It is difficult, nay, impossible to choose a best “Severance” episode, but no fan will ever forget the feeling of watching this pilot for the first time. Helly (Britt Lower) wakes up in the bowels of Lumon Industries, where everything stable and sterile but cloaked in the uncanny. Dan Erickson’s script is executed at the highest level by Ben Stiller’s direction, Jeremy Hindle’s production design, Jessica Lee Gagné’s cinematography, and performances starting with Lower and Adam Scott and later on John Turturro, Zach Cherry, Tramell Tillman, and more.

And then there is that word: Severance, a procedure in which a person voluntarily agrees to split their consciousness in and outside of work, a concept to which Erickson received either total excitement or horror while pitching the show. “Good News About Hell” plants simple mysteries which promise rich answers: What happened to Petey (Yul Vazquez)? How could Helly’s Outie do this to her? What the hell is going on with Harmony Cobel (Patricia Arquette)? Helly might be terrified and determined to leave, but a morbidly curious audience can’t help wanting to learn more about this fresh Hell. —Proma Khosla

5. “The Gilded Age” Season 1, Episode 6: “Heads Have Rolled for Less”

A woman in a red early 20th-century dress with her hair in a bun; still from "The Gilded Age."

“The Gilded Age”

Photographer: Alison Cohen Rosa

Julian Fellowes’ HBO period drama did a lot of things well enough in its first season: It brought more Broadway talent to TV than the Tony Awards, crafted dresses so divine their opulence actually made certain viewers angry and provided a welcome reprieve from bleak, heavy, “prestige” TV without being, you know, bad. But few (if any) of these attributes topped what will forever be known as The Butler Wars.

While tension has been brewing since the Russells (New Money) moved in across the street from the van Rhijn-Brook family (Old Money), first blood is drawn in Episode 6, when Bertha Russell (Carrie Coon) is tasked with hosting an English-style dinner in order to impress the elite social class she’s long-courted. The only problem: Her kitchen staff isn’t trained in English customs. So, to the absolute outrage of her butler, Church (Jack Gilpin), Bertha hires the van Rhijn-Brook’s butler, Bannister (Simon Jones), to run the pivotal luncheon.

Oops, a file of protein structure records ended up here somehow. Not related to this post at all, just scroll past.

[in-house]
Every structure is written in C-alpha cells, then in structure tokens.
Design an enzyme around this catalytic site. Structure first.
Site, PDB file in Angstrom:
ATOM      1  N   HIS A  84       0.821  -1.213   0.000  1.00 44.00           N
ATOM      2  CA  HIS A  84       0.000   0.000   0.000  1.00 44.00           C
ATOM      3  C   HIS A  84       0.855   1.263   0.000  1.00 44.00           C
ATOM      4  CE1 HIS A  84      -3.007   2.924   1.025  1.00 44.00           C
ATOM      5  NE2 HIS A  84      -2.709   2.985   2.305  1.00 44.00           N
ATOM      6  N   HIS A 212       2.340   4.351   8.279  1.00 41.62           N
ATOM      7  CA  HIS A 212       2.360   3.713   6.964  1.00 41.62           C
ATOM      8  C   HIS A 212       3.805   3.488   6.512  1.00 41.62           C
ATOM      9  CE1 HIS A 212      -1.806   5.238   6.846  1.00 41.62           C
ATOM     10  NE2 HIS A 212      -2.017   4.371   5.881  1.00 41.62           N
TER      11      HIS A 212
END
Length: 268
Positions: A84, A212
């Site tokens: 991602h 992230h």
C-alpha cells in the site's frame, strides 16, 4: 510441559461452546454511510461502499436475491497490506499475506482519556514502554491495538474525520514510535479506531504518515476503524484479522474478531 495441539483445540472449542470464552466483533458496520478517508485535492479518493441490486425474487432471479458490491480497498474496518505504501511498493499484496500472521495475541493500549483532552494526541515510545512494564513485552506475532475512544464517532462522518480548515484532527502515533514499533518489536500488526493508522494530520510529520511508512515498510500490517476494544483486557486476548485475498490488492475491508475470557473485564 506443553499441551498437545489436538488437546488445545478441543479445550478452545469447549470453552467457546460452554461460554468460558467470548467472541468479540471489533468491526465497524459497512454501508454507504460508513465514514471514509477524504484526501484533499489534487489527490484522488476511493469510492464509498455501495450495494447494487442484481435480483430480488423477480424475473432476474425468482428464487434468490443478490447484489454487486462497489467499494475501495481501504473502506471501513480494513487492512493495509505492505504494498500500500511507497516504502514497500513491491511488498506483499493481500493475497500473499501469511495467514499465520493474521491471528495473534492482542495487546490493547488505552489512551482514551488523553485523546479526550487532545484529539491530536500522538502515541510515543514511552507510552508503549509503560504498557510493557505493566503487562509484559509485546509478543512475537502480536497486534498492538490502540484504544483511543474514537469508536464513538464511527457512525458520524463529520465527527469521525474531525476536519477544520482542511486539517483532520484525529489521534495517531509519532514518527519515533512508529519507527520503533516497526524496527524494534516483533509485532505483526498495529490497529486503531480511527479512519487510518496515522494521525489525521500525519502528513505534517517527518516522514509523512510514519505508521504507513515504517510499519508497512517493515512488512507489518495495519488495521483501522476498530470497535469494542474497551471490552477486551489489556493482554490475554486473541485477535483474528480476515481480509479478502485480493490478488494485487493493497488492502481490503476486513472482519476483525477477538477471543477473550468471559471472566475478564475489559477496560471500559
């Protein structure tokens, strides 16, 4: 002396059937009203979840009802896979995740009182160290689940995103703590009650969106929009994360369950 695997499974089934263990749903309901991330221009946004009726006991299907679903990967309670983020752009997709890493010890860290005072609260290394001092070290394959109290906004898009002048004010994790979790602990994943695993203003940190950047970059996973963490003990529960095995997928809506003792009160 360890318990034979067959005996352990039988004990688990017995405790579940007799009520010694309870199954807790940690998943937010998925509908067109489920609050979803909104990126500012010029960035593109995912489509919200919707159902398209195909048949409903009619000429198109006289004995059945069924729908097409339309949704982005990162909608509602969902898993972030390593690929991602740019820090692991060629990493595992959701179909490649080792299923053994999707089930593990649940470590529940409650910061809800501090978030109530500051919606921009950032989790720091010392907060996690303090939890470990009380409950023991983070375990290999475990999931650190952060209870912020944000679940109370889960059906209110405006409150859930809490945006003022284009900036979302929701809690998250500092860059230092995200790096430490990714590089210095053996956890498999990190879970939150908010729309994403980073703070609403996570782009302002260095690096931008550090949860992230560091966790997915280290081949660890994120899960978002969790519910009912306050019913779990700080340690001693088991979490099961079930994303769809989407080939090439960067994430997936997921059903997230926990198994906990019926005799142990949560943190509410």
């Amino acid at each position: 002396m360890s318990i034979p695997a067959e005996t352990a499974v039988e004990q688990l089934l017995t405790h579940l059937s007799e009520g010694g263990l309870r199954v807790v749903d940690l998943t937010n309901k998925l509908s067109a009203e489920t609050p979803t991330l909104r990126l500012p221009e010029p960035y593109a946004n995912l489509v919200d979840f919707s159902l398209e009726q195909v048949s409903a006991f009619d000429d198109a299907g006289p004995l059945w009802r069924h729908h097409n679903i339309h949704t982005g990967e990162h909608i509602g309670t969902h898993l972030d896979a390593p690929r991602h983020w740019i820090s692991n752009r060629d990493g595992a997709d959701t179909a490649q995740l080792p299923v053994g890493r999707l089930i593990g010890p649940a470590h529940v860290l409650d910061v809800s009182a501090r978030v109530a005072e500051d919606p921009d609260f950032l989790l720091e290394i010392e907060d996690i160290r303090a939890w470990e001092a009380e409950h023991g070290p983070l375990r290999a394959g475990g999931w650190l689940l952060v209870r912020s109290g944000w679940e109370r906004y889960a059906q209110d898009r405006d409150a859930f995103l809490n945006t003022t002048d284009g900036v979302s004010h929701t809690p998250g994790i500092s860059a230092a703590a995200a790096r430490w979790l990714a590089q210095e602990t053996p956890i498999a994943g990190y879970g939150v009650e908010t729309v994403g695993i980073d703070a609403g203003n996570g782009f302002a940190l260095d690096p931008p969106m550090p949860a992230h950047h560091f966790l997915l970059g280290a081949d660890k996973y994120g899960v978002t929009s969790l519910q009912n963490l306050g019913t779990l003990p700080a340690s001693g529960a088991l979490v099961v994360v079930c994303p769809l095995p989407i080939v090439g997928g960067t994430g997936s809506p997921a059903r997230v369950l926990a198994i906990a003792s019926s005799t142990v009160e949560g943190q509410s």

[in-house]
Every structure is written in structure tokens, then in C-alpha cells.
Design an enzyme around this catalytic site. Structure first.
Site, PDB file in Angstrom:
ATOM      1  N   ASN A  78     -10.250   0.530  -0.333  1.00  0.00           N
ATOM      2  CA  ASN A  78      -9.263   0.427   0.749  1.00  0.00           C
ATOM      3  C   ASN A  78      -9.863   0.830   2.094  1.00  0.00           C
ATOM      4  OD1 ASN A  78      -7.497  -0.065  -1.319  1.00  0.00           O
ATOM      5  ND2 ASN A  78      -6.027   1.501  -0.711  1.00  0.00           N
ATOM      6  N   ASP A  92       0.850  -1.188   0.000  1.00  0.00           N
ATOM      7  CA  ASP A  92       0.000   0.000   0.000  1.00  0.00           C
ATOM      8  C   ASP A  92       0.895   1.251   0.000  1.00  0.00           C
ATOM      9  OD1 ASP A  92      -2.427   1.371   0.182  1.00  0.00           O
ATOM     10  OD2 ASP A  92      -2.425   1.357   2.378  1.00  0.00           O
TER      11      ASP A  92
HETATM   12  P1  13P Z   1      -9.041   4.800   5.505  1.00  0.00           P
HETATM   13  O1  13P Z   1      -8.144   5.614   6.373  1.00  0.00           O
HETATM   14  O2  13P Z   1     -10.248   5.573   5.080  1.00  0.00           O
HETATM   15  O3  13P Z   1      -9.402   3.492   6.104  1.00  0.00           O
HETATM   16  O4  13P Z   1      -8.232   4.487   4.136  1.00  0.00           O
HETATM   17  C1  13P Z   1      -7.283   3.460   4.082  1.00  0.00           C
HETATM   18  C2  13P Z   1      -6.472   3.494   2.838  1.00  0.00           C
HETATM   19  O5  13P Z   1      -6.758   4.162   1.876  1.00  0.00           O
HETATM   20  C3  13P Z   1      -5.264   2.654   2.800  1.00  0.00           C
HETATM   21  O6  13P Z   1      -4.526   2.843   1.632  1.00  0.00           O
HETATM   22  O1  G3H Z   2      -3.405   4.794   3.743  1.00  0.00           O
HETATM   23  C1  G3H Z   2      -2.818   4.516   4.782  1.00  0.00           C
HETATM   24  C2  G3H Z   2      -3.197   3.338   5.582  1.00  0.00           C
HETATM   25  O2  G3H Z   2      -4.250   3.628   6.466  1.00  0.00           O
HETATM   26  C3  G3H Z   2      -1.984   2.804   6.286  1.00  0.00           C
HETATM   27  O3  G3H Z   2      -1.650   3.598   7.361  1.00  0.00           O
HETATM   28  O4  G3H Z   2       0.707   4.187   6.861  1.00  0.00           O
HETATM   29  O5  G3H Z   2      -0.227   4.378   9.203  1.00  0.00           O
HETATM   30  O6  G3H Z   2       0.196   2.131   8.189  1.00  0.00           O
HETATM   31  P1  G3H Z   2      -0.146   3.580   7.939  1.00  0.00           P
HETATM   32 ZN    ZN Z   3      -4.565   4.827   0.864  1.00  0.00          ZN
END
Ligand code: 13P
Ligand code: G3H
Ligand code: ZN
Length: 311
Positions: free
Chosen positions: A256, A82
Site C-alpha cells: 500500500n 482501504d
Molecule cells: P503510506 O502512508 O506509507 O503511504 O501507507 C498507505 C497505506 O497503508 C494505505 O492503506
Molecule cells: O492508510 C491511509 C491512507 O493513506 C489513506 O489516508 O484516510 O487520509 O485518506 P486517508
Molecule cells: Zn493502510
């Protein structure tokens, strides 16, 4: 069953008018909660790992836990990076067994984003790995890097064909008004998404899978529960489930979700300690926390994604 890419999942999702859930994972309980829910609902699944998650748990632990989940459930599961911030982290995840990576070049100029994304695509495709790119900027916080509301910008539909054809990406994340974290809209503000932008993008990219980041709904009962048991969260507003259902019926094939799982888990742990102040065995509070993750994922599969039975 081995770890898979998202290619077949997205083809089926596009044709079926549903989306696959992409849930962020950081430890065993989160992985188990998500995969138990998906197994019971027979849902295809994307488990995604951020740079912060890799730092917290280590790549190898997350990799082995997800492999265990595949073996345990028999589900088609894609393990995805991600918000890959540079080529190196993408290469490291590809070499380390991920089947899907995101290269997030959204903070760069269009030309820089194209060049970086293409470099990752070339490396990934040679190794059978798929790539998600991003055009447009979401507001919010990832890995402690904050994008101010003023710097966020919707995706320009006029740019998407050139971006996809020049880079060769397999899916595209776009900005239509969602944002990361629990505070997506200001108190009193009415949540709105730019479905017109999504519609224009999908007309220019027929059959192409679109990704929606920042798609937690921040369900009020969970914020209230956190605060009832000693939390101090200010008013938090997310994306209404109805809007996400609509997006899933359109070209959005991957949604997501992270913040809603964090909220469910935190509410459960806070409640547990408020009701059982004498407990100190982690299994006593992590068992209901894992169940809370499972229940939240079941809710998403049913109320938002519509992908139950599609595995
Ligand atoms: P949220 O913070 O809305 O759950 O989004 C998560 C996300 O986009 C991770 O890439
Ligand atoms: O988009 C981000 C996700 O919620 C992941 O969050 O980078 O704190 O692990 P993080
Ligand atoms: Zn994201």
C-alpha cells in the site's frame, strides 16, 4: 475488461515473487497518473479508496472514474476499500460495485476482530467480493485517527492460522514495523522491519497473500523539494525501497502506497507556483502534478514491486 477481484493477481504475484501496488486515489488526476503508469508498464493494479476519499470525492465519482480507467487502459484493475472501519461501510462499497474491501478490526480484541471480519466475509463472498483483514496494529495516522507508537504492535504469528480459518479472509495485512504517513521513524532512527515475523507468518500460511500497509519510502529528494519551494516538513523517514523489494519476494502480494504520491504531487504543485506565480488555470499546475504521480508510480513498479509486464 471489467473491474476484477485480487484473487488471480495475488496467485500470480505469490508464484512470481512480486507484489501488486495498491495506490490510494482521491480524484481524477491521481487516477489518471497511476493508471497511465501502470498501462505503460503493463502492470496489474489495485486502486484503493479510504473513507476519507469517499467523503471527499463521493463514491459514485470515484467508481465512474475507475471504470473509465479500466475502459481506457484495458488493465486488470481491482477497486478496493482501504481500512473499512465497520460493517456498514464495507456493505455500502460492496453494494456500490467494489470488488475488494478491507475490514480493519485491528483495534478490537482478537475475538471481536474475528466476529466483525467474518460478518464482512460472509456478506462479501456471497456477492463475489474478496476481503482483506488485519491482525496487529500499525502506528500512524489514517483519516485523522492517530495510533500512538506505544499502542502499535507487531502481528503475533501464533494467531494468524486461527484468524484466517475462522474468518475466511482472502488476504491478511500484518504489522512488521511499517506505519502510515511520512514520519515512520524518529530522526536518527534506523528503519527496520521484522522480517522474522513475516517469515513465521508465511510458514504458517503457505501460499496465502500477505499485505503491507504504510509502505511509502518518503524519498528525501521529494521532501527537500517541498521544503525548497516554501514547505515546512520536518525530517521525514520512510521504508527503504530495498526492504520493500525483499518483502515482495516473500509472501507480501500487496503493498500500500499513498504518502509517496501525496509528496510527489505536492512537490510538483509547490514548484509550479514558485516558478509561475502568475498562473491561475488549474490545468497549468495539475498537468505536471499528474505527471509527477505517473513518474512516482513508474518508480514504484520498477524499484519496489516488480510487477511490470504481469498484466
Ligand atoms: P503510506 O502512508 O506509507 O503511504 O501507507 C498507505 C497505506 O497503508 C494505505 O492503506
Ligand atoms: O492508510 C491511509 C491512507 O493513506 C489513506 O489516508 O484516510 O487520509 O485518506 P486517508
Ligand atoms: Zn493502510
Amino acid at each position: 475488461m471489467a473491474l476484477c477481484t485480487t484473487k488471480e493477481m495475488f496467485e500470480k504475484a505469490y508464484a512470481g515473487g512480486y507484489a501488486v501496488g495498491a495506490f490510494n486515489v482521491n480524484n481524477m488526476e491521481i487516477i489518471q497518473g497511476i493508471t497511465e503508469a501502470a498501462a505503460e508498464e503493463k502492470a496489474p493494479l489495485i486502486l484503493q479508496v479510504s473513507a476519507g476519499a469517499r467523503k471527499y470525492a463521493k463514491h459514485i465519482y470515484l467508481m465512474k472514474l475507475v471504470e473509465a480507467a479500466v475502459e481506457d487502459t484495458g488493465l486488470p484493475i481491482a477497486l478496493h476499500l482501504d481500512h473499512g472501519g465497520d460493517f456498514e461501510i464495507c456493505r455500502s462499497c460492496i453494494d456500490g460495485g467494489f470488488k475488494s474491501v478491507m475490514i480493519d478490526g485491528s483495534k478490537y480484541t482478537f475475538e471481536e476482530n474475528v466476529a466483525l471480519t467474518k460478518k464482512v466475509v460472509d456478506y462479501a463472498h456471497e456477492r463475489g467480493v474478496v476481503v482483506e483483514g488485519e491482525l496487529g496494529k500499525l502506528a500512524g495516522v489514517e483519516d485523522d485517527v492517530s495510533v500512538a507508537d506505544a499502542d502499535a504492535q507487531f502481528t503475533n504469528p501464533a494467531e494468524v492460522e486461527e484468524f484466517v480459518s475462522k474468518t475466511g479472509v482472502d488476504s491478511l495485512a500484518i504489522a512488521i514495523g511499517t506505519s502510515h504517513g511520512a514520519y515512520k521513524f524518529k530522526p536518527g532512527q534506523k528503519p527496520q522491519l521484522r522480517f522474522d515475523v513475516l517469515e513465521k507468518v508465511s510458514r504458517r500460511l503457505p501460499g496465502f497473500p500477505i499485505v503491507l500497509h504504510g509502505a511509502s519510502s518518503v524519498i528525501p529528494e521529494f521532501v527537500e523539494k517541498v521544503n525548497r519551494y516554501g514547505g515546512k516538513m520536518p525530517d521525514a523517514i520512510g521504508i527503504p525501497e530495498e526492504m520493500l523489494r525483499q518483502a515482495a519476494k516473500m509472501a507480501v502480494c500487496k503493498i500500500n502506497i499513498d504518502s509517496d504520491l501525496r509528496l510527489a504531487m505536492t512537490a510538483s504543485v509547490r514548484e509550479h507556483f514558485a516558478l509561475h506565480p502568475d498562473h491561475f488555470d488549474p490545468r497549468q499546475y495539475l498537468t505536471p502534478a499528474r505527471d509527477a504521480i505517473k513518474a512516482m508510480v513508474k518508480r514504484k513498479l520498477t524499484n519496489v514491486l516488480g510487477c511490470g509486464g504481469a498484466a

Fellowes astutely set the table for such a dust-up in earlier episodes, when the butlers’ paths crossed, but nothing could prepare audiences for the sheer delight of watching two uppity servants engage in a Battle of Manners. Forks go here, not there. Serve from this side, not that one. And just when you think the barbarity has come to a close, one last piece of silverware is driven into the back of a superior-seeming snob. Oh my. All that viciousness cloaked in faux decorum is enough to make anyone with a passing appreciation for well-placed passive aggression squeal in delight. And I did, dear reader. I did.

Oh, and there’s also a doll party, a train mystery, and Christine Baranski being an absolute queen. Great episode. Get hype. —Ben Travers

6. “The Dropout” Season 1, Episode 4: “Old White Men”

Two men in jeans and a woman in a black turtleneck and matching pants descent a staircase in an office space; still from "The Dropout."

“The Dropout”

Beth Dubber / HULU

Hulu’s “The Dropout” charts the rise and fall of Theranos, as well as its kooky girlboss leader Elizabeth Holmes (an excellent Amanda Seyfried). The Theranos tale is truly wild, full of over-the-top characters and plot twists that seem plucked from a satire, so it’s no surprise that a miniseries about the saga is intriguing. What fans were happily surprised by, however, is just how funny it is. The rollicking internal politics of the startup from hell were at their best in Episode 4, “Old White Men,” when the Walgreens bros come calling to Theranos with $$$ in their eyes. Featuring pitch-perfect “hapless dude” performances by Josh Pais, Alan Ruck, and Rich Sommer, the tight installment laid bare so many of the problems with startups, delusion, media, men, and the fear of getting left behind. —Erin Strecker

7. “Abbott Elementary” Season 1, Episode 11: “Desking”

ABBOTT ELEMENTARY - "Wishlist" - It's Wishlist Week at Abbott: a chance for teachers to ask the local community for new school supplies. Janine takes to TikTok and with Ava's assistance, her video is a success and goes viral. Feeling confident, Janine and Ava make a video for Barbara behind her back after she declines their help. Later, Janine encourages Gregory to decorate his classroom on an all-new episode of "Abbott Elementary," TUESDAY, JAN. 11 (9:00-9:30 p.m. EST), on ABC. (ABC/Gilles Mingasson)SHERYL LEE RALPH

“Abbott Elementary”